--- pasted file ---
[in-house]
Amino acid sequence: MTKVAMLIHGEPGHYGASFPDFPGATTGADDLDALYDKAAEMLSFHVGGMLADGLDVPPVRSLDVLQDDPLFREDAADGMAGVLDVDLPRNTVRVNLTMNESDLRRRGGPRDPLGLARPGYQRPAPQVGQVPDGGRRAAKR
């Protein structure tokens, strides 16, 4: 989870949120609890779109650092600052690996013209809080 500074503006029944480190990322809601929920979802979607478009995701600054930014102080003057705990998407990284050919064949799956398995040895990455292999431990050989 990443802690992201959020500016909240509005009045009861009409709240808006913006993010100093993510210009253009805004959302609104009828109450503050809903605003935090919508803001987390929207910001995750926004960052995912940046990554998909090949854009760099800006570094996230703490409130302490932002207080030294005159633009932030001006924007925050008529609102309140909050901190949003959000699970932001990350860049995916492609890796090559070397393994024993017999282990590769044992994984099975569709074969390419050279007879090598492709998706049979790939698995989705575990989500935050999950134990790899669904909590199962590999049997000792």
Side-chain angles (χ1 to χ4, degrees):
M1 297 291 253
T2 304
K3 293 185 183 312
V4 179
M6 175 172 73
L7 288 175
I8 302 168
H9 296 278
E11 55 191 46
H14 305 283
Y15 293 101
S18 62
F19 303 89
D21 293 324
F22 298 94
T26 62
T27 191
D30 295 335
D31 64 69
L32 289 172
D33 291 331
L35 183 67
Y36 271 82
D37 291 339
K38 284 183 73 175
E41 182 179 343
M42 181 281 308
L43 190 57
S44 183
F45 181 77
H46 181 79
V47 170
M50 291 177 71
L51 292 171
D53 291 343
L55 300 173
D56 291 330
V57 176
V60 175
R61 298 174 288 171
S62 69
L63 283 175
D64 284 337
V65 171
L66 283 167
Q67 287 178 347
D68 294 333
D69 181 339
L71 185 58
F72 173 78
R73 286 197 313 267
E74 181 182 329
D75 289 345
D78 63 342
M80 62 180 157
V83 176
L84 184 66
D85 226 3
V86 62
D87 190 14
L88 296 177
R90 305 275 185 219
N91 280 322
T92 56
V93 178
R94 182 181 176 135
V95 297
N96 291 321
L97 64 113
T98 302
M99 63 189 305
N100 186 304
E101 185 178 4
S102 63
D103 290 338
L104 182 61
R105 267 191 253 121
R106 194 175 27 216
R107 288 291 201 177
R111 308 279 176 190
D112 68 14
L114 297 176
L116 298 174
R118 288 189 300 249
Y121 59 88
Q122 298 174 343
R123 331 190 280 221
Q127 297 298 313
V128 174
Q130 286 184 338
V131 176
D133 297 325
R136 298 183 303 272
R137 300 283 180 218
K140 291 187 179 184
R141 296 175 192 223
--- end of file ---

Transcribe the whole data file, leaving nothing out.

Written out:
[in-house]
Amino acid sequence: MTKVAMLIHGEPGHYGASFPDFPGATTGADDLDALYDKAAEMLSFHVGGMLADGLDVPPVRSLDVLQDDPLFREDAADGMAGVLDVDLPRNTVRVNLTMNESDLRRRGGPRDPLGLARPGYQRPAPQVGQVPDGGRRAAKR
């Protein structure tokens, strides 16, 4: 989870949120609890779109650092600052690996013209809080 500074503006029944480190990322809601929920979802979607478009995701600054930014102080003057705990998407990284050919064949799956398995040895990455292999431990050989 990443802690992201959020500016909240509005009045009861009409709240808006913006993010100093993510210009253009805004959302609104009828109450503050809903605003935090919508803001987390929207910001995750926004960052995912940046990554998909090949854009760099800006570094996230703490409130302490932002207080030294005159633009932030001006924007925050008529609102309140909050901190949003959000699970932001990350860049995916492609890796090559070397393994024993017999282990590769044992994984099975569709074969390419050279007879090598492709998706049979790939698995989705575990989500935050999950134990790899669904909590199962590999049997000792």
Side-chain angles (χ1 to χ4, degrees):
M1 297 291 253
T2 304
K3 293 185 183 312
V4 179
M6 175 172 73
L7 288 175
I8 302 168
H9 296 278
E11 55 191 46
H14 305 283
Y15 293 101
S18 62
F19 303 89
D21 293 324
F22 298 94
T26 62
T27 191
D30 295 335
D31 64 69
L32 289 172
D33 291 331
L35 183 67
Y36 271 82
D37 291 339
K38 284 183 73 175
E41 182 179 343
M42 181 281 308
L43 190 57
S44 183
F45 181 77
H46 181 79
V47 170
M50 291 177 71
L51 292 171
D53 291 343
L55 300 173
D56 291 330
V57 176
V60 175
R61 298 174 288 171
S62 69
L63 283 175
D64 284 337
V65 171
L66 283 167
Q67 287 178 347
D68 294 333
D69 181 339
L71 185 58
F72 173 78
R73 286 197 313 267
E74 181 182 329
D75 289 345
D78 63 342
M80 62 180 157
V83 176
L84 184 66
D85 226 3
V86 62
D87 190 14
L88 296 177
R90 305 275 185 219
N91 280 322
T92 56
V93 178
R94 182 181 176 135
V95 297
N96 291 321
L97 64 113
T98 302
M99 63 189 305
N100 186 304
E101 185 178 4
S102 63
D103 290 338
L104 182 61
R105 267 191 253 121
R106 194 175 27 216
R107 288 291 201 177
R111 308 279 176 190
D112 68 14
L114 297 176
L116 298 174
R118 288 189 300 249
Y121 59 88
Q122 298 174 343
R123 331 190 280 221
Q127 297 298 313
V128 174
Q130 286 184 338
V131 176
D133 297 325
R136 298 183 303 272
R137 300 283 180 218
K140 291 187 179 184
R141 296 175 192 223